A scene from Hong Sang-soo's Locarno film, Our Sunhi (U ri Sunhi).

Ingrid Raison is a member of the second annual Critics Academy at the Locarno Film Festival. In this dispatch from the festival, she looks at Korean director Hong Sang-soo's Our Sunhi and its universal comic elements, comparing the film to the work of French filmmaker/actor Jacques Tati.

“She has artistic sense, she is a little odd, she is idealist, she is reserved but she is brave.” This is how Donghyun (Kim Sangjoong) describes his former student, Sunhi (Jung Yumi), in a recommendation letter in a pivotal moment in Korean director Hong Sang-soo's Our Sunhi (U ri Sunhi), which had its world premiere at the recent Locarno Film Festival. A succinct statement, it works as a litany throughout the entire movie. A few words to which Sunhi and the men she loves will constantly come back to in defining her personality.

In many of Hong's films, characters consistently experience tumultuous relationships as they seek answers to life and identity. As Locarno noted about the film on their official website, “In Hong’s universe, men, in particular, are compelled to define women in a misguided search for truth, which reveals more about themselves than the object of their desire.” Here, Sunhi asks others questions about herself that she cannot answer. Throughout the movie, she desperately looks for her image through the perceptions of others.

A film major graduate, Sunhi wishes to pursue her studies in the U.S., leading her to request a recommendation letter from her professor, touching off a series of events. Two men she used to love burst into her life again: her ex-boyfriend Munsu (Lee Sunkyun) and Jaehak (Jung Jaeyoung), with whom she had an ambiguous relationship.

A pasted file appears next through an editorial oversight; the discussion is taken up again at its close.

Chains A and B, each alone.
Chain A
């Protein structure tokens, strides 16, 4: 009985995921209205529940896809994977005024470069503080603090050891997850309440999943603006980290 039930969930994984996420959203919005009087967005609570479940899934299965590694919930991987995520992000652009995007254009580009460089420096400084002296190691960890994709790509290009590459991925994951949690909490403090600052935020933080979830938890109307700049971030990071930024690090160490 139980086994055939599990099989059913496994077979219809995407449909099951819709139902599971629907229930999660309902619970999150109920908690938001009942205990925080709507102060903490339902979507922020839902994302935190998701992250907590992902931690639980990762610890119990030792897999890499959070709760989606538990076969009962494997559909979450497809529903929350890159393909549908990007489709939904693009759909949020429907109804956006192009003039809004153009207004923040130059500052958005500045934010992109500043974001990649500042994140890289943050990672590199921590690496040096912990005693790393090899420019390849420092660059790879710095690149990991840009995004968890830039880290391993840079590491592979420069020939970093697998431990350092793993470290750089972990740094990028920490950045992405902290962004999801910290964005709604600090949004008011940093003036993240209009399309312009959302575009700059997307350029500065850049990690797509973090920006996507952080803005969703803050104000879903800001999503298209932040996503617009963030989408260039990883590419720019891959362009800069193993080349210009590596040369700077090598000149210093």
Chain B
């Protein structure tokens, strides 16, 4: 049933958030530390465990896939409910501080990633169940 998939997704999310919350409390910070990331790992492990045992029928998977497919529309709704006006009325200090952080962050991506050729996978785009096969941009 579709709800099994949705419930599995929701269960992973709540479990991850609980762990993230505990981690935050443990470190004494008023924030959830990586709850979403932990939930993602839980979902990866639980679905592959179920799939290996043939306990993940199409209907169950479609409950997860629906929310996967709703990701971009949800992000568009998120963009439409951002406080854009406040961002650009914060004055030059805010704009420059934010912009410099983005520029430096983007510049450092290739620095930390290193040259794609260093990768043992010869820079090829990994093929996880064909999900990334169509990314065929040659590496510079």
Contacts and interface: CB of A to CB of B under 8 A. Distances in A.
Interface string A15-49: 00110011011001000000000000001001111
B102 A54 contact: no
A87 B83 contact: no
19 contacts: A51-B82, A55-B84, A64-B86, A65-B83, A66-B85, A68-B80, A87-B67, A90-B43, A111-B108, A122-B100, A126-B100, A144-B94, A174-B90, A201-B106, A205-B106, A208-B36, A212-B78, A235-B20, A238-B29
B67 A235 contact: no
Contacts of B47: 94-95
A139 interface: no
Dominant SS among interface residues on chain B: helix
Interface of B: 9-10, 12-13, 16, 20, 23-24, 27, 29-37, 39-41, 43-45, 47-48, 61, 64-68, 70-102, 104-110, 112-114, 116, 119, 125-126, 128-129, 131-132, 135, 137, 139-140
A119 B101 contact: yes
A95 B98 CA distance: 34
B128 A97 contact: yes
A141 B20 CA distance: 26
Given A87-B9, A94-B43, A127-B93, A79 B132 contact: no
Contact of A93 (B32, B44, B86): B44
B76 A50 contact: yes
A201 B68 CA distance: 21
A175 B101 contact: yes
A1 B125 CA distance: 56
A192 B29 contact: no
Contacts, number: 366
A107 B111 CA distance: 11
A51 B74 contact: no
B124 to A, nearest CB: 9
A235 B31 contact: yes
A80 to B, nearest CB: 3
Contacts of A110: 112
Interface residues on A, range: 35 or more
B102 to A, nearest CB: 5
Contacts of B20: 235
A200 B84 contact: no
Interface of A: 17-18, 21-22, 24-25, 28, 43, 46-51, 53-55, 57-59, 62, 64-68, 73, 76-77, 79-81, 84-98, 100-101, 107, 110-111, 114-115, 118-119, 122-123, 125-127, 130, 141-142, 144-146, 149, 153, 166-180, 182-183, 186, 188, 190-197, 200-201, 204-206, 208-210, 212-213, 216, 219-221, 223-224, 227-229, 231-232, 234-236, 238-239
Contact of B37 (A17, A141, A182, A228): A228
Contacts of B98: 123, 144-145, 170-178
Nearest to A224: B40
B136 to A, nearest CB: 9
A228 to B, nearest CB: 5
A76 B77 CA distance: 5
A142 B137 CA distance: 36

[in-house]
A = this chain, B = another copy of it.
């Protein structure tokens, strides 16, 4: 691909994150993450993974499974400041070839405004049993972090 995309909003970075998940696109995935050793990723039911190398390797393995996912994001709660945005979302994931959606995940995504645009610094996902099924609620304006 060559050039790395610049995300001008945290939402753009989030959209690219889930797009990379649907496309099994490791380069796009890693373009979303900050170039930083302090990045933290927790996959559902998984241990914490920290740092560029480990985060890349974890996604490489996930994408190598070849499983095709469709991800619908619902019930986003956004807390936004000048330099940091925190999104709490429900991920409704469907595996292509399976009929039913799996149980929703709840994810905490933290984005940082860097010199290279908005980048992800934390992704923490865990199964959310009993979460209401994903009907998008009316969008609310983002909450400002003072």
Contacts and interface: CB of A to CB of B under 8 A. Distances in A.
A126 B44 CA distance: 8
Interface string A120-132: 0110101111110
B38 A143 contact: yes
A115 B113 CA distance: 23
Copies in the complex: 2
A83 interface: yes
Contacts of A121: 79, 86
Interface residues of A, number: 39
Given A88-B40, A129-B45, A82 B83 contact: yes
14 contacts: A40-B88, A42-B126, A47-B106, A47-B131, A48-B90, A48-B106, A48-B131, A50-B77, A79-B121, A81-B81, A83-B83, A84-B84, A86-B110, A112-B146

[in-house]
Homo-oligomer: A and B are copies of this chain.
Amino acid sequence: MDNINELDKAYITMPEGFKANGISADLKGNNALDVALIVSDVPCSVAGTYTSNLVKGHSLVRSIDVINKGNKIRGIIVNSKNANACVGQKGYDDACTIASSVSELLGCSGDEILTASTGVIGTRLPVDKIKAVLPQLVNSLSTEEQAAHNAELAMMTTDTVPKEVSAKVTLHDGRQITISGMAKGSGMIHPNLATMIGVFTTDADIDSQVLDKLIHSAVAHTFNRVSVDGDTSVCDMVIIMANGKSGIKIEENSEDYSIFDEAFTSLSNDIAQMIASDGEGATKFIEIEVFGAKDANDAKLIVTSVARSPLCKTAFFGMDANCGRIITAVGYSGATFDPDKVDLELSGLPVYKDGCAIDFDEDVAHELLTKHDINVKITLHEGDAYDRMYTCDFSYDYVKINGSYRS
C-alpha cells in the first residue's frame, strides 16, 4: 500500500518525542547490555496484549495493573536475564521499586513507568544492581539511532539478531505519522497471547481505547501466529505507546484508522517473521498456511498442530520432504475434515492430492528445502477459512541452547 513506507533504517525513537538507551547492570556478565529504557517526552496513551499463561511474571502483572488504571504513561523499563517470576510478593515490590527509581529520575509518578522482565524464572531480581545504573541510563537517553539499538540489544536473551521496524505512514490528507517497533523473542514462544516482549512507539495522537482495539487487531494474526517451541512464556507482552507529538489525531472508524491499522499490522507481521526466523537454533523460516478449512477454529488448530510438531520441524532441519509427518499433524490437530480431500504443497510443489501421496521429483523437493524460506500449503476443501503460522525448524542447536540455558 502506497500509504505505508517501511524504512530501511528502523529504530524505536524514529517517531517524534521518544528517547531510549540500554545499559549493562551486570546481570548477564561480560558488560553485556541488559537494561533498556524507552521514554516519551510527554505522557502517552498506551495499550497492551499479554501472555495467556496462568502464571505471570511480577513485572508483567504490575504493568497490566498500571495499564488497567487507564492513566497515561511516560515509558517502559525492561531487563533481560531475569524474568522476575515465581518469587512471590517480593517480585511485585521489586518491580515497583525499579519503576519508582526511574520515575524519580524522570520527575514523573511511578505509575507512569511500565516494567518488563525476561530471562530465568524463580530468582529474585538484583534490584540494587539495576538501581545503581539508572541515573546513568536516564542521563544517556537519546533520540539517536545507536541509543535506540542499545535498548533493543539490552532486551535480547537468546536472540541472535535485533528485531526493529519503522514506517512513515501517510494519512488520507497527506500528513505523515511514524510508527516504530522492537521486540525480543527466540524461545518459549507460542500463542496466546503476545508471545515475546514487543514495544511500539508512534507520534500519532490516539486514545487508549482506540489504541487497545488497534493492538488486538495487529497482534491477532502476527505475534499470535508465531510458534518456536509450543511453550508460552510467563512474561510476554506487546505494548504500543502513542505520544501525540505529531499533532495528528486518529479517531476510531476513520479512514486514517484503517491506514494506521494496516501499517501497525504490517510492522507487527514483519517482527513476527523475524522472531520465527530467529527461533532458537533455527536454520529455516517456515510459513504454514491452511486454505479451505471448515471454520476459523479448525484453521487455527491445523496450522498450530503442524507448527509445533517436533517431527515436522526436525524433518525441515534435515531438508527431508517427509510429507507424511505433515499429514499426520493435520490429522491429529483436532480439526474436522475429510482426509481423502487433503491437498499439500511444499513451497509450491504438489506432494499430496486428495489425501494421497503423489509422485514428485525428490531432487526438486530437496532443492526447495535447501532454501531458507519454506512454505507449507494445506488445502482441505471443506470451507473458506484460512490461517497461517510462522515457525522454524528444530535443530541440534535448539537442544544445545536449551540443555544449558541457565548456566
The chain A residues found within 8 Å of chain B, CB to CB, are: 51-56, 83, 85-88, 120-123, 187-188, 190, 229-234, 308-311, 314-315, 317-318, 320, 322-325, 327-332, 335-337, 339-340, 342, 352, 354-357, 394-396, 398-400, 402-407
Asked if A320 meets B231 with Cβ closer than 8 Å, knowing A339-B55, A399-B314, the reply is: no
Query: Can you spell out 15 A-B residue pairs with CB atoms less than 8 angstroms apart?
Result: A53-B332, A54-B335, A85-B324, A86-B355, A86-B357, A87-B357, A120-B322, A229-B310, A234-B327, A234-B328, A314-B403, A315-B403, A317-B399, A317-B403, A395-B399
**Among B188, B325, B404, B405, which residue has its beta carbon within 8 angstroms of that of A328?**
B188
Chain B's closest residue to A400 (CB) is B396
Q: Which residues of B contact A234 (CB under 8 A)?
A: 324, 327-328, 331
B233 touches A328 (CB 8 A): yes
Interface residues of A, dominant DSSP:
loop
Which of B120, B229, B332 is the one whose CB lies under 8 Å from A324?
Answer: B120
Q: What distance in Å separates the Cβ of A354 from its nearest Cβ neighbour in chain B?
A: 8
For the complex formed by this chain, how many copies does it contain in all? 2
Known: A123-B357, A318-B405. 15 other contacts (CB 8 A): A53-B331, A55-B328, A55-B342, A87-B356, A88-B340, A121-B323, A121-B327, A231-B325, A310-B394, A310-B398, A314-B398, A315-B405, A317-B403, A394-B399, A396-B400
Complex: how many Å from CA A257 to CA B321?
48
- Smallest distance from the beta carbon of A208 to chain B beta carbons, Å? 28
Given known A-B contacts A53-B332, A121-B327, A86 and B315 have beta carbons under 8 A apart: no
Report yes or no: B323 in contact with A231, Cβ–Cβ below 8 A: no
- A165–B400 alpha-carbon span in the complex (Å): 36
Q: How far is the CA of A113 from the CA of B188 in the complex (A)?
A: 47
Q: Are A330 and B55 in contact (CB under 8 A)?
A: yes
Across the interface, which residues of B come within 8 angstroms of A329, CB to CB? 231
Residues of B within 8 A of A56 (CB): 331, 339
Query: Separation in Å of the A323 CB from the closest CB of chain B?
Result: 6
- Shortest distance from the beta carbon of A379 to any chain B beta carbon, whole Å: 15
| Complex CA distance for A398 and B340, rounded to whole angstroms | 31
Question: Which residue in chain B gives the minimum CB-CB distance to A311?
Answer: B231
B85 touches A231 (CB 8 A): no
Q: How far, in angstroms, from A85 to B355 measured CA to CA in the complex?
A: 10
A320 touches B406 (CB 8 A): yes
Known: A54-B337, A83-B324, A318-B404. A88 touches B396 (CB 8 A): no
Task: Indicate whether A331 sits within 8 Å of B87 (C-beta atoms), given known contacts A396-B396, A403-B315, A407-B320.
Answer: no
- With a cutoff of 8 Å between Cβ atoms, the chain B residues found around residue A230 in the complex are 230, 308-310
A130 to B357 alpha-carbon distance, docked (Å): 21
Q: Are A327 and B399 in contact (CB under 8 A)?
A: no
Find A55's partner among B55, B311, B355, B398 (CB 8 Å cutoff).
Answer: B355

A scene from Hong Sang-soo's Locarno film, Our Sunhi (U ri Sunhi).

Sunhi’s awkward clumsiness, is not unlike that of French filmmaker and actor Jacques Tati's comic impulses in his 1958 film, Mon Oncle. In that film, his character Hulot collides with individuals and society. Hulot dismantles his sister’s house which is packed with modern gadgetry. Contrary to Sunhi, however, Hulot is self-absorbed. Both of them are unhappy with their environment but for different reasons. Sunhi can’t relate to the external world because she is out of touch with her own self, while Hulot is so absorbed by his own perception that he is directionless.  Both characters are unwittingly laughable. Try as they might to fit in, they never find their place and that is the basis of their comical personalities.

There is a sense of absurdity that emanates from the situations they experience. In Hong Sangsoo’s film, comedy is rooted in repetition. Sunhi constantly refers to the letter from her professor, asking for her three suitors’ opinions, while sitting in a series of restaurants. Eventually, the three turn to each other to talk about her, driving a wedge between them and Sunhi. Tati, however, favors elaborate situation comedy. In one scene in Les Vacances de M. Hulot, het decides to go fishing and is literally eaten alive by the boat, sparking laughter from the audience.

Beyond the comical gimmickry or the whimsical discussions they stage, both of these directors aim for a deeper truth for their characters. Hulot’s actions usually illustrate Jacques Tati’s critical view on modernity. As for Hong Sangsoo, repetition enables him to de-emphasize words in order to focus on the breaches of his characters' personalities.  Jacques Tati’s spirit definitely lingers in Hong Sangsoo's films.